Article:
I began the year with an ambitious reading list. You can find it here and laugh at the foolish notions January can put into a woman’s head.
So far, I’ve read:
The Fruitful Life by Gerald Bridges (My most recent issue for Today in the Word was about the fruit of the Spirit. This book was a good resource for that particular topic. I’d recommend it as a resource for newer believers.)
Counterfeit Gods by Tim Keller (This book is especially appropriate for me since the book I’m writing is on the subject of desire. Keller has terrific insights to help us explore what motivates some of our chronic sin patterns.)
Desiring the Kingdom by James K.A. Smith (I am now an official Smith groupie. This book is a more academic and theologically profound treatment of desire than mine will be, but you’ll probably see lots of Smith in my book. And Jamie, if you’re reading, will you write my foreword??)
Death of Adam by Marilynne Robinson (Ok, confession. I’ve only finished the introduction and half of the essay on Darwinism. She’s brilliant. And I am not.)
Still by Lauren Winner (I blogged about this book here.)
Bring up the Bodies by Hilary Mantel (I felt good for having read it, but this, unfortunately, was the biggest pleasure of the experience.)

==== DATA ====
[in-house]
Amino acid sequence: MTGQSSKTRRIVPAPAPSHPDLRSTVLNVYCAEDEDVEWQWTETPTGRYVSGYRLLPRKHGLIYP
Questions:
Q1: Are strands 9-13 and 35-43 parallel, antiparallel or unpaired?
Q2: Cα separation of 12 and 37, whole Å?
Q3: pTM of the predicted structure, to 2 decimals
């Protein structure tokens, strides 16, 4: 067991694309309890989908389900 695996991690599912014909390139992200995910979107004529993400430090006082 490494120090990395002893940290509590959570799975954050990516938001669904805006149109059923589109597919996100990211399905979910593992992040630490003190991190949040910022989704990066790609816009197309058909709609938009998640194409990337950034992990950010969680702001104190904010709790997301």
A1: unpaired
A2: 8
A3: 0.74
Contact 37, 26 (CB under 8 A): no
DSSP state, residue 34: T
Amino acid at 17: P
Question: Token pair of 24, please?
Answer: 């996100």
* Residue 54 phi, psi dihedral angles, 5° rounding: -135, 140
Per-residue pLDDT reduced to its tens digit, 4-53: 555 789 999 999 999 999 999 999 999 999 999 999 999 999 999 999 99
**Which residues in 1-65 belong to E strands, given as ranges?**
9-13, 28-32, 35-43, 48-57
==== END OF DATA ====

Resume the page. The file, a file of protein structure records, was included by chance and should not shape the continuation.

Saint Maybe by Anne Tyler (I blogged about it here.)
Cutting for Stone by Abraham Verghese (I started out LOVING this book. I was listening to it on audio, but I got tired of it and didn’t finish.)
House of Mirth by Edith Wharton (I am reading this now. Can you believe I have a Master’s in Literature and this is my first Wharton?)
And finally, the BEST book I’ve read so far and one that I suggest you IMMEDIATELY reserve at the library or buy on your Kindle:
Lit by Mary Karr
I love spiritual memoir, and I suppose this book fits into that genre, although it certainly wouldn’t figure as “typical.”
First prayer that Mary Karr ever prays?
“Higher power: where the f— have you been?”
This is a book that is jarring and raw. Mary Karr has bled this book from her veins, and I cannot believe how stunningly powerful it is without the least hint of having been overwrought. I am in LOVE with this book. I want everyone to read this book. And if it didn’t break every rule about writing, I would now end this sentence with a thousand and one exclamation points.
Later, I’ll tell you more about the writing wisdom I took away from Karr’s book. But for now, get the book and READ IT.